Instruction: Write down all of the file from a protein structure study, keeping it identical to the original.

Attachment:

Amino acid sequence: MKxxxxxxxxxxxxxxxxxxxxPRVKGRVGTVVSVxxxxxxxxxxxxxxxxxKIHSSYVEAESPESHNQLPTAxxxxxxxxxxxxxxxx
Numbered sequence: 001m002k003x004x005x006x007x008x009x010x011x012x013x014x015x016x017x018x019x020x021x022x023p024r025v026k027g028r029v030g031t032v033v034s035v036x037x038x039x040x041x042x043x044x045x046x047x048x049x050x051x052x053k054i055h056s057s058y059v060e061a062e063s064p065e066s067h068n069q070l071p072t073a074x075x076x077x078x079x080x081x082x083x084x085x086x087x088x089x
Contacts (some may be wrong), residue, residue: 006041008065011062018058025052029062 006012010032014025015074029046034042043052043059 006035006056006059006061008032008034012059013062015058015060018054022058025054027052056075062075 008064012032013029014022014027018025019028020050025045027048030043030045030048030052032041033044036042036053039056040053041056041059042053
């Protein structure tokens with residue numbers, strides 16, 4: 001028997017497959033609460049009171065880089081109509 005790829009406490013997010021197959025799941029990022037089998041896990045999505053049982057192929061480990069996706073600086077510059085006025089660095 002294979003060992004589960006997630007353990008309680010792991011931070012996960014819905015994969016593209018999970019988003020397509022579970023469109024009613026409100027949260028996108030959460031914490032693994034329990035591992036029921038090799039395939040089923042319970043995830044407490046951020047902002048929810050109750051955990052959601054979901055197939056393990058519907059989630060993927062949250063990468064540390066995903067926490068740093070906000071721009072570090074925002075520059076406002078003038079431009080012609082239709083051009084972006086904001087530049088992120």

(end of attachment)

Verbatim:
Amino acid sequence: MKxxxxxxxxxxxxxxxxxxxxPRVKGRVGTVVSVxxxxxxxxxxxxxxxxxKIHSSYVEAESPESHNQLPTAxxxxxxxxxxxxxxxx
Numbered sequence: 001m002k003x004x005x006x007x008x009x010x011x012x013x014x015x016x017x018x019x020x021x022x023p024r025v026k027g028r029v030g031t032v033v034s035v036x037x038x039x040x041x042x043x044x045x046x047x048x049x050x051x052x053k054i055h056s057s058y059v060e061a062e063s064p065e066s067h068n069q070l071p072t073a074x075x076x077x078x079x080x081x082x083x084x085x086x087x088x089x
Contacts (some may be wrong), residue, residue: 006041008065011062018058025052029062 006012010032014025015074029046034042043052043059 006035006056006059006061008032008034012059013062015058015060018054022058025054027052056075062075 008064012032013029014022014027018025019028020050025045027048030043030045030048030052032041033044036042036053039056040053041056041059042053
């Protein structure tokens with residue numbers, strides 16, 4: 001028997017497959033609460049009171065880089081109509 005790829009406490013997010021197959025799941029990022037089998041896990045999505053049982057192929061480990069996706073600086077510059085006025089660095 002294979003060992004589960006997630007353990008309680010792991011931070012996960014819905015994969016593209018999970019988003020397509022579970023469109024009613026409100027949260028996108030959460031914490032693994034329990035591992036029921038090799039395939040089923042319970043995830044407490046951020047902002048929810050109750051955990052959601054979901055197939056393990058519907059989630060993927062949250063990468064540390066995903067926490068740093070906000071721009072570090074925002075520059076406002078003038079431009080012609082239709083051009084972006086904001087530049088992120």